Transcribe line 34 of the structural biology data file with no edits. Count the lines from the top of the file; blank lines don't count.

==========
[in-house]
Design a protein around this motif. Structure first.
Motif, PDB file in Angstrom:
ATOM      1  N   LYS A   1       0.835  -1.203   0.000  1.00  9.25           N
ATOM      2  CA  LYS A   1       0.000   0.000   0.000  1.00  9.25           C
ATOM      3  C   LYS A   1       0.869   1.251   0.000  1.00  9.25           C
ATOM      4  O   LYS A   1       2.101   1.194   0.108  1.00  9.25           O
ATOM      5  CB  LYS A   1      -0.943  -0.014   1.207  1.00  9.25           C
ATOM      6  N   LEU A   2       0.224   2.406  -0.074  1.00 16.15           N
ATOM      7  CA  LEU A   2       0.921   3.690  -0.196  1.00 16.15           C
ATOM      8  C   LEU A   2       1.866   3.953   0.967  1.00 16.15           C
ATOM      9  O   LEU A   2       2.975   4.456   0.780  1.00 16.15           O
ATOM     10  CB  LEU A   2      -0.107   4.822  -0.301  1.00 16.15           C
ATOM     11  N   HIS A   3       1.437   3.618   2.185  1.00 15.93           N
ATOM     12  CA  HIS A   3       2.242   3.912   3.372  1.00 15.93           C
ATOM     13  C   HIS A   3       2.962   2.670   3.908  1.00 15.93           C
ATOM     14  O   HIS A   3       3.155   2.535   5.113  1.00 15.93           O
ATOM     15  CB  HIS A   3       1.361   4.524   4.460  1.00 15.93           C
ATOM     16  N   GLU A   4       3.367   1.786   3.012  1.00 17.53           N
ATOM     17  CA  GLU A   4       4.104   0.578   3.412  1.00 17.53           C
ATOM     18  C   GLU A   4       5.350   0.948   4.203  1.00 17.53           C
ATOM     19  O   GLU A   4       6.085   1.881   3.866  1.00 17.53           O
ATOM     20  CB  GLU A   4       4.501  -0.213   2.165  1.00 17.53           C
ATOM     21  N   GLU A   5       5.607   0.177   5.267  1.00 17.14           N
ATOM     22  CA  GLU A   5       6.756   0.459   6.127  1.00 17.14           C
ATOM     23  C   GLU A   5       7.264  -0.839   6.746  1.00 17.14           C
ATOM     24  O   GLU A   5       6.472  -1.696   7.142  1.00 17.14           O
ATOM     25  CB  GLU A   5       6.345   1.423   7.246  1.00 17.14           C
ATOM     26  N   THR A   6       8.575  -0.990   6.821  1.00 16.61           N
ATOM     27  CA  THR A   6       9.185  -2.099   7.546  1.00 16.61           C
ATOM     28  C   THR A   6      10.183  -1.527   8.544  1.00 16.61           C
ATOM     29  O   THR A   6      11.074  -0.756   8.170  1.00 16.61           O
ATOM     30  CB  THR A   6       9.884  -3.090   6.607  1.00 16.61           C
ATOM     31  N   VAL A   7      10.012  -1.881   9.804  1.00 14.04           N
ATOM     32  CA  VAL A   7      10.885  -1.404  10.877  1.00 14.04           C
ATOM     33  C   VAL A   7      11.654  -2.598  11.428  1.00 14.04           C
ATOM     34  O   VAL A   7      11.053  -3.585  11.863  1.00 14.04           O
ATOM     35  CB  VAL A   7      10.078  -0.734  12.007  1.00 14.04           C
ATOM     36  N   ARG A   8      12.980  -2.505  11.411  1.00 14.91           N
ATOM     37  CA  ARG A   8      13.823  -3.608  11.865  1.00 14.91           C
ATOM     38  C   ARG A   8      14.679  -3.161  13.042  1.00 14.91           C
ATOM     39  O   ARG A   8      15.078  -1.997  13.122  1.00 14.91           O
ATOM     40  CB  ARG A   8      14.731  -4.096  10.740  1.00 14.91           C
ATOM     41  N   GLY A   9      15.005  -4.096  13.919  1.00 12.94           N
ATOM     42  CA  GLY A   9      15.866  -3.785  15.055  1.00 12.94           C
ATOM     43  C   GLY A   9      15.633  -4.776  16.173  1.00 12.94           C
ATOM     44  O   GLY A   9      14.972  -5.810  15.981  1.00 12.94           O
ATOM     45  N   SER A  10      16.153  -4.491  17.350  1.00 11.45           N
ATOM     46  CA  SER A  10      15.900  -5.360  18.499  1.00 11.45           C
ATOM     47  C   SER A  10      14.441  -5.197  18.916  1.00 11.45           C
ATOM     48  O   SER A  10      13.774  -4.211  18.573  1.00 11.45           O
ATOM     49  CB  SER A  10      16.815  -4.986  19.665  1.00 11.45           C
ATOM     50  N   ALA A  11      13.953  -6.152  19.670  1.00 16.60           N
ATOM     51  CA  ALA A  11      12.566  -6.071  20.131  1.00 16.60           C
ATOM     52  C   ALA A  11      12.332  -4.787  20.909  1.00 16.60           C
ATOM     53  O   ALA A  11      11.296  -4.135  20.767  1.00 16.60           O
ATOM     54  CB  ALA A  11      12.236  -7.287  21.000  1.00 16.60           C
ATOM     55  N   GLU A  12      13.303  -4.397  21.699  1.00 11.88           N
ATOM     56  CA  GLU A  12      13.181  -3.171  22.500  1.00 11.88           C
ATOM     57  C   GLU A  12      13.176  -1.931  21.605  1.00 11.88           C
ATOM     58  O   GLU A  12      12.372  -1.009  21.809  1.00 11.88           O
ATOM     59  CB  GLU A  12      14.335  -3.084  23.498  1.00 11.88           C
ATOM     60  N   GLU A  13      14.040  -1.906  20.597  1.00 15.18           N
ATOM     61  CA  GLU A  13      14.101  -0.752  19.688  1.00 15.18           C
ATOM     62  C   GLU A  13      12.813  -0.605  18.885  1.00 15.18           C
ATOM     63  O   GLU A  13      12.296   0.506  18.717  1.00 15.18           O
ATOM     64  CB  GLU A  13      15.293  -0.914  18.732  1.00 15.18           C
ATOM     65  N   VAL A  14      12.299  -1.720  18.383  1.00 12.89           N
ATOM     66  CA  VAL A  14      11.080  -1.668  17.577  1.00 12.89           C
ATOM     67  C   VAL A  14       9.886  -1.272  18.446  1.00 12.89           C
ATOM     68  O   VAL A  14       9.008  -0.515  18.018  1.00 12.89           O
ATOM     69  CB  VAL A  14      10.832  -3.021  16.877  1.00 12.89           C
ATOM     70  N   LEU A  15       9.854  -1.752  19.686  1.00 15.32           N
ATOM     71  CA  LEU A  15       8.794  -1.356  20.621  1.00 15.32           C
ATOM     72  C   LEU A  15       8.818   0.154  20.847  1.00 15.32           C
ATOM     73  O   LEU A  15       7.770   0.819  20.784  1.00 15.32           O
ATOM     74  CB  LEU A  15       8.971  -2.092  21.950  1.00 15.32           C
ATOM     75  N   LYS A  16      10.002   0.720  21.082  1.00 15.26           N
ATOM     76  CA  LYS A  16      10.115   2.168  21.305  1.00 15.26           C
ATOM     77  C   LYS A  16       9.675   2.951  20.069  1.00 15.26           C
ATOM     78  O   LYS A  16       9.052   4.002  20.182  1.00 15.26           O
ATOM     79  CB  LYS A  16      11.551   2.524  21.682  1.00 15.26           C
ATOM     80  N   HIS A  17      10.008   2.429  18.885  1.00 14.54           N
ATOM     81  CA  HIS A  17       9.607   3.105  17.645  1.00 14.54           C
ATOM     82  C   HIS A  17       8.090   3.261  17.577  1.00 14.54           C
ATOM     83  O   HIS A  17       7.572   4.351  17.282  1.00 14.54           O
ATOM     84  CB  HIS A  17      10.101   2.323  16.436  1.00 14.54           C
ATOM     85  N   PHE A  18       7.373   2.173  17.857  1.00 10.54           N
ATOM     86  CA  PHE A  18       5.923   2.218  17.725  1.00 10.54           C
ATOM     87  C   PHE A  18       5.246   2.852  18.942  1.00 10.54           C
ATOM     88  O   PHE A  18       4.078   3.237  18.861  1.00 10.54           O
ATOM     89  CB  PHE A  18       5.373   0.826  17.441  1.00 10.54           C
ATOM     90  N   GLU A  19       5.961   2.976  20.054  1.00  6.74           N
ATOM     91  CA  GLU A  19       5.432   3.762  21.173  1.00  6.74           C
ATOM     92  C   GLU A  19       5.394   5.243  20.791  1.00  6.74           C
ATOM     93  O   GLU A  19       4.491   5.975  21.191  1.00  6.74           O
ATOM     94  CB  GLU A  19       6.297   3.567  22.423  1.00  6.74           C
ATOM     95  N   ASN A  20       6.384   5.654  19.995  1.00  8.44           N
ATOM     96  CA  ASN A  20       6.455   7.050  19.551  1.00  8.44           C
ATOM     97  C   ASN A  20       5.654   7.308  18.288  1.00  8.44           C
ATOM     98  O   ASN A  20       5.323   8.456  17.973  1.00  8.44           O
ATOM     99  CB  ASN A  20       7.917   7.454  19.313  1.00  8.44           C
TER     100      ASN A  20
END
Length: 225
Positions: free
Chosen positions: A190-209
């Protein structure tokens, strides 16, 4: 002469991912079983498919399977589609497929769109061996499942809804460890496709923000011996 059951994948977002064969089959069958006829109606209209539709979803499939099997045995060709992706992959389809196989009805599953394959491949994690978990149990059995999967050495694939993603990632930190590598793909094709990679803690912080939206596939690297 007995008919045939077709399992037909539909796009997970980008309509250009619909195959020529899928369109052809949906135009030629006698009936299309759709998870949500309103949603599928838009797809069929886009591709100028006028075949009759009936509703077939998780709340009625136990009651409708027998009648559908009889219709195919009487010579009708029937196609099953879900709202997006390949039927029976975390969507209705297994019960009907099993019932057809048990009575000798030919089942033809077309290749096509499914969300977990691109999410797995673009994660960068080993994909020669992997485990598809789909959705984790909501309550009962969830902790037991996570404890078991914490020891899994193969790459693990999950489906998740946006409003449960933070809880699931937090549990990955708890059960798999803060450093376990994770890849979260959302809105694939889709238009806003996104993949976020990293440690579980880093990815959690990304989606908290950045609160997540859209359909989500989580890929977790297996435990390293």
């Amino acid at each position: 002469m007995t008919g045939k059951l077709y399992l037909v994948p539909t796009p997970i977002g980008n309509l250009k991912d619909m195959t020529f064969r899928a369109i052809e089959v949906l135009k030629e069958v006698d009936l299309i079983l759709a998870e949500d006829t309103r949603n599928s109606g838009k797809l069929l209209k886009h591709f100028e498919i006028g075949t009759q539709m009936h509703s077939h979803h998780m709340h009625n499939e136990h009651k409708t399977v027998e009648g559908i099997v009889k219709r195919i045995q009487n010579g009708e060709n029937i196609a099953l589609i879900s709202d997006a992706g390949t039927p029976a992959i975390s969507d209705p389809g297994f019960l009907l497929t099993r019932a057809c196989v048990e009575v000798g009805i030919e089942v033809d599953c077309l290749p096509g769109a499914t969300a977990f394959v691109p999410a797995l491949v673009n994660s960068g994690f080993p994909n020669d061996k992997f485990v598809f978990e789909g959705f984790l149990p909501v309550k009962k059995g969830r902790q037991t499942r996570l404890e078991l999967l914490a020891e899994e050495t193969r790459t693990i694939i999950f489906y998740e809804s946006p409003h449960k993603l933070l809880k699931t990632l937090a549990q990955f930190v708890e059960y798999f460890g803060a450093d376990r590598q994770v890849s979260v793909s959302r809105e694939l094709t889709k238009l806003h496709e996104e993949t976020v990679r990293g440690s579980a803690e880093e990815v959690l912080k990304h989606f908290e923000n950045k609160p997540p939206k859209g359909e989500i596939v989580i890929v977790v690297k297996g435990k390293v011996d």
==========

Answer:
ATOM     31  N   VAL A   7      10.012  -1.881   9.804  1.00 14.04           N